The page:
It begins like this
No one seems to know how old Mohammed Jawad was when he was seized by Afghan forces in Kabul six and a half years ago and turned over to American custody. Some reports say he was 14. Some say 16. The Afghan government believes he was 12.
The penultimate paragraph
There is no credible evidence against Jawad, and his torture-induced confession has rightly been ruled inadmissible by a military judge. But the Obama administration does not feel that he has suffered enough. Not only have administration lawyers opposed defense efforts to secure Jawad’s freedom, but they are using, as the primary basis for their opposition, the fruits of the confession that was obtained through torture and has already been deemed inadmissible — without merit, of no value.
Read the column. I have words to offer below, but they will not matter if you read the column
The officer assigned to prosecute him is now retired, and works with his military defense lawyers to try to free Mohammed Jawad.
There is nothing I can say about the case itself that Herbert does not already present as lucidly as is possible. Let me illustrate with one additional paragraph from the piece:
Jawad also complained about being mistreated at Guantánamo, saying he had been moved with absurd frequency from cell to cell — the idea being to deprive him of sleep. A check of the official prison logs showed that Jawad had in fact been moved 112 times, without explanation, from one cell to another in a two-week period — an average of eight moves a day for 14 days.
But there is something else I must say.
I do not know who these administration lawyers are, whether they are burrowed in Bush political appointees, career personnel who are still following the guidance of the previous administration, or whatever possible reason might be offered for this kind of behavior.
This administration has now been in office, as of today, June 20, for 5 months. And yet legal arguments being present in courts are largely unchanged from those of the previous 8 years.
We have seen it on DOMA.
We have seen it in the apparent decision not to hold torturers to account.
We have seen it in the continued use of the state secrets doctrine.
We have seen it again and again and again.
And almost all of the examples either I have cited or have been cited by others seem to violate the commitments Obama made to the American people, to us, when he sought the office he now holds.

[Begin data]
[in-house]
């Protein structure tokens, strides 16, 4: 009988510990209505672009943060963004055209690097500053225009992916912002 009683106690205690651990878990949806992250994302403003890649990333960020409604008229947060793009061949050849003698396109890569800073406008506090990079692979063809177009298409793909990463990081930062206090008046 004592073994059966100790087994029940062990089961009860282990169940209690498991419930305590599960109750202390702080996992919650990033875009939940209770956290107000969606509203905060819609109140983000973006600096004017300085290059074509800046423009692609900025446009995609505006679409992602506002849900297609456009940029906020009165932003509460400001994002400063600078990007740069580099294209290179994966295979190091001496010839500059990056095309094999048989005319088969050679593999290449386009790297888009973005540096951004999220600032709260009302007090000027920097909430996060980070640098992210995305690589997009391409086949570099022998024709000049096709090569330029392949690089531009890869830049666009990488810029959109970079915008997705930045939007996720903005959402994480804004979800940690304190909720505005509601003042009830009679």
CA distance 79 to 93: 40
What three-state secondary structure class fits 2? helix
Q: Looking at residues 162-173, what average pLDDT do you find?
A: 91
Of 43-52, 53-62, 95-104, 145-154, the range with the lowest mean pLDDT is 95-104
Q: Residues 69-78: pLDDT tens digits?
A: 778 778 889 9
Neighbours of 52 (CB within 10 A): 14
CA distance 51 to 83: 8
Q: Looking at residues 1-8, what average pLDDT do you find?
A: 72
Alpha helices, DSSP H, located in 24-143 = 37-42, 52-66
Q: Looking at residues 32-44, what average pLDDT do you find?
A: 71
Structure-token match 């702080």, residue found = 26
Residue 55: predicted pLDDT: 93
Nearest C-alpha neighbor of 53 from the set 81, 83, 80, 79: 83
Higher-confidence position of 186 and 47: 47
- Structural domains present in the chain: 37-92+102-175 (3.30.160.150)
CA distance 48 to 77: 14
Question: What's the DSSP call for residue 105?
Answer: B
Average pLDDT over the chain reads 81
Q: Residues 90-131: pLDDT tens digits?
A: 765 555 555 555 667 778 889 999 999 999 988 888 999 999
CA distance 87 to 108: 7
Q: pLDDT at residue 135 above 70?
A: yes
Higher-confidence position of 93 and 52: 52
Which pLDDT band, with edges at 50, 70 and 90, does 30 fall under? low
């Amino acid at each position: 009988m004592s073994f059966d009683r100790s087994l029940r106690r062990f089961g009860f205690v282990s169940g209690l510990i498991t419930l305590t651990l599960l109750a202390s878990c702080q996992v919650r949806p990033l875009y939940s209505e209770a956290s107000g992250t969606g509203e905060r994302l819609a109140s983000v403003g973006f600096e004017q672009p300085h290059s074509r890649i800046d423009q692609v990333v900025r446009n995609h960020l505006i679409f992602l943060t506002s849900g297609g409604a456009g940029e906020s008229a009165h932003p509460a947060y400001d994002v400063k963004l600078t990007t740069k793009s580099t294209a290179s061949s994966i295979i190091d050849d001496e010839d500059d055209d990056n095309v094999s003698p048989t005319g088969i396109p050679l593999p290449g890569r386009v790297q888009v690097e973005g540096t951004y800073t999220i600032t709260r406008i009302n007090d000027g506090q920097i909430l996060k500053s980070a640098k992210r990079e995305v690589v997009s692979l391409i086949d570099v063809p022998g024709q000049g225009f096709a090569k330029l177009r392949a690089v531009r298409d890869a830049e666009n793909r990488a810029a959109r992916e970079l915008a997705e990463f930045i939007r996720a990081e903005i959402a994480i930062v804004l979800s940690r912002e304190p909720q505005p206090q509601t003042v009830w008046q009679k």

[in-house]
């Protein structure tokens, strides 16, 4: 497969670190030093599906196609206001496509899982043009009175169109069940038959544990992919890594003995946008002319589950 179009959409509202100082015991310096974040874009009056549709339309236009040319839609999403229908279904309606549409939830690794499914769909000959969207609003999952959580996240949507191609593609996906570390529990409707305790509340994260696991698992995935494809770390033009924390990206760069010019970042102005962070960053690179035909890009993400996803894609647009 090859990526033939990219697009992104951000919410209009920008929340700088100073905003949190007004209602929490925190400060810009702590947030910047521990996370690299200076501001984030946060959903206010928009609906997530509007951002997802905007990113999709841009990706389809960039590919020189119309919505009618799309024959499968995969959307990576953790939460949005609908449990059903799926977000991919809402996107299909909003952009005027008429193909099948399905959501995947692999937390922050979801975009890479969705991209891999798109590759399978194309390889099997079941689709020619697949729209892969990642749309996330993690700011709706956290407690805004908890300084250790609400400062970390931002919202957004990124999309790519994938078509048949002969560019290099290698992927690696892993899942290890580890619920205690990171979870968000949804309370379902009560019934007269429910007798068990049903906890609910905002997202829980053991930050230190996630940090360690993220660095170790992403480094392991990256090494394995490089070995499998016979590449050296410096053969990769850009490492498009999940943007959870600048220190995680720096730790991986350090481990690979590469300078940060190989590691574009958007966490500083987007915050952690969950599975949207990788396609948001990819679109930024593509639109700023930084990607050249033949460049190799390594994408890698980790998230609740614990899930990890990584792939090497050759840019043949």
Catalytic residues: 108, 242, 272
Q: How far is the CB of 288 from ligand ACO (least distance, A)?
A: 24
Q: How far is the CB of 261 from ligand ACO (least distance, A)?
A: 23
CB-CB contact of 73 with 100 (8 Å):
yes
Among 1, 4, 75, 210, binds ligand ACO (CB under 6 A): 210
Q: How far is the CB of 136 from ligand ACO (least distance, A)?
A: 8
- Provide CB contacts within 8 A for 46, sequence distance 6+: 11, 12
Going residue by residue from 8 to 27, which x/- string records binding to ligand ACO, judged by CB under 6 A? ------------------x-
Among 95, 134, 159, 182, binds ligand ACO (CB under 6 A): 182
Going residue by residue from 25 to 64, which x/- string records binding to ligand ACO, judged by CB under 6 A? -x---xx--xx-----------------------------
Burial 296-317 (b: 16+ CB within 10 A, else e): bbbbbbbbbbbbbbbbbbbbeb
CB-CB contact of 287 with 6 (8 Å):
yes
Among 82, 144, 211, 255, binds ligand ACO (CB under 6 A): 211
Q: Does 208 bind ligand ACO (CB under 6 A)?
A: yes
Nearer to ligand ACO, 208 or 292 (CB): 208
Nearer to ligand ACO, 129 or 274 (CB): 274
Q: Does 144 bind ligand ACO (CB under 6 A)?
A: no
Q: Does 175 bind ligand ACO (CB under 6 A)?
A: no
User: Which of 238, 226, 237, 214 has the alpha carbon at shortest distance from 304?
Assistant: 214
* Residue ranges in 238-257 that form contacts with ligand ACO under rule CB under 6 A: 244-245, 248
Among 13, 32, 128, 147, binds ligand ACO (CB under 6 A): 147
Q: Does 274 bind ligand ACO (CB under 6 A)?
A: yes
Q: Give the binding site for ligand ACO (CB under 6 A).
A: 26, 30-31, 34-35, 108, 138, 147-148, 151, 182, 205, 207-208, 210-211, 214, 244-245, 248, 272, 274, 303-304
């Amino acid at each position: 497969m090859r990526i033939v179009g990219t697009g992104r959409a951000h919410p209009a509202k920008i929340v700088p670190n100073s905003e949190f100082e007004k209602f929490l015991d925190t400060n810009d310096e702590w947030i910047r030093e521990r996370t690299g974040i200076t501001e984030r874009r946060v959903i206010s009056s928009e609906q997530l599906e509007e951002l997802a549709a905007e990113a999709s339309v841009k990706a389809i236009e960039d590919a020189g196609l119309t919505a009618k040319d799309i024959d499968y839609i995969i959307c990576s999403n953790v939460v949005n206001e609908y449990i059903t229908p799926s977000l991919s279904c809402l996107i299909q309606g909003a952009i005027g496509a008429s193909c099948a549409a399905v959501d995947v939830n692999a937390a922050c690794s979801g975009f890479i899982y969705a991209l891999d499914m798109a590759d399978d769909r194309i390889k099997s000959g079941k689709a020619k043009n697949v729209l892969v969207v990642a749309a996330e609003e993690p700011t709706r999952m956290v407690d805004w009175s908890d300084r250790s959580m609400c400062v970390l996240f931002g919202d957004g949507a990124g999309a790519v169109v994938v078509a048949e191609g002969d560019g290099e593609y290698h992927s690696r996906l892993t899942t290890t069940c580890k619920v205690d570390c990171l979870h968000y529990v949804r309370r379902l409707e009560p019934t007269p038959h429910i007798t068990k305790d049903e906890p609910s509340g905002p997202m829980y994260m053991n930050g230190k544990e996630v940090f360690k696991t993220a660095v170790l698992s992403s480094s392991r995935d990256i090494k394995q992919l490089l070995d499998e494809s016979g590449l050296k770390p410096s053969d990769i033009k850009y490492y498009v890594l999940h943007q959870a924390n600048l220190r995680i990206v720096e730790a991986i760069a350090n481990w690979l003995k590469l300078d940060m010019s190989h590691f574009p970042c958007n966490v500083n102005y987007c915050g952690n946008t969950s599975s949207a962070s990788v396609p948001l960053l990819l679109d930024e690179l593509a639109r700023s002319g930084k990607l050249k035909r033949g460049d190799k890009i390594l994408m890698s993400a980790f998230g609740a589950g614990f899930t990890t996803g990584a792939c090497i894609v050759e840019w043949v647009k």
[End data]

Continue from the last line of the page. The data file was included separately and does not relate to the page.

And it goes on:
How long does it take competent lawyers to examine the case records and come to a determination of how to do things differently? If the lawyers addressing these cases cannot do so in five months, why are they not being removed? If they are deliberately ignoring the guidance of the President and his administration, why are they not removed?
And if neither of those are the reasons, does that mean the President and his administration accept the reasoning now being presented to courts around the nation? And if so, does not the President owe us, owe the American people, a clear and forthright explanation of why he is pursuing a different approach legally than we were led to believe would be his direction?
I understand that trials under military authority are supposed to be protected from command influence. That doctrine was implemented to protect those being court-martialed. A commander always has the right to decide not to bring charges. Anyone who doubts that merely need examine how few of those responsible for the horrors of Abu Ghraib ever faced Courts Martial. Thus there should be no reason for the Secretary of Defense, the Attorney General, the President of the United States stating clearly that given the set of facts that are not in dispute in a case like this,
- all charges should be dropped against Mohammed Jawad
- he should be immediately released back to his family
- the Afghan government should be informed in no uncertain terms that he is to be protected
- he should be given compensation for his mistreatment, torture and unlawful confinement by agents of the United State of America.
I find myself having to again be critical of an administration for whose success I strongly hope - I am not Rush Limbaugh saying that I want Obama to fail.
And I acknowledge that the administration faces many major issues, and cannot right every wrong instantaneously.
There is much good the Obama administration has already done.
But when it comes to human rights, to civil liberties, to basic fairness, justice delayed is, as William Gladstone told us, justice denied.
To continue to use discredited legal argumentation, especially when it means a person we have already badly mistreated, continues to remain in indefinite limbo, in our custody, should be viewed as a violation of much of what we hold dear.
No cruel and unusual punishment.
Equal justice before the law.
Due process of law.
The right to confront the accusers and evidence against one.
Simple human decency.
So Bob Herbert is right to ask his question, How Long is Long Enough?
When the basis of continuing to hold a person is the result of our having tortured him, any time is already too long.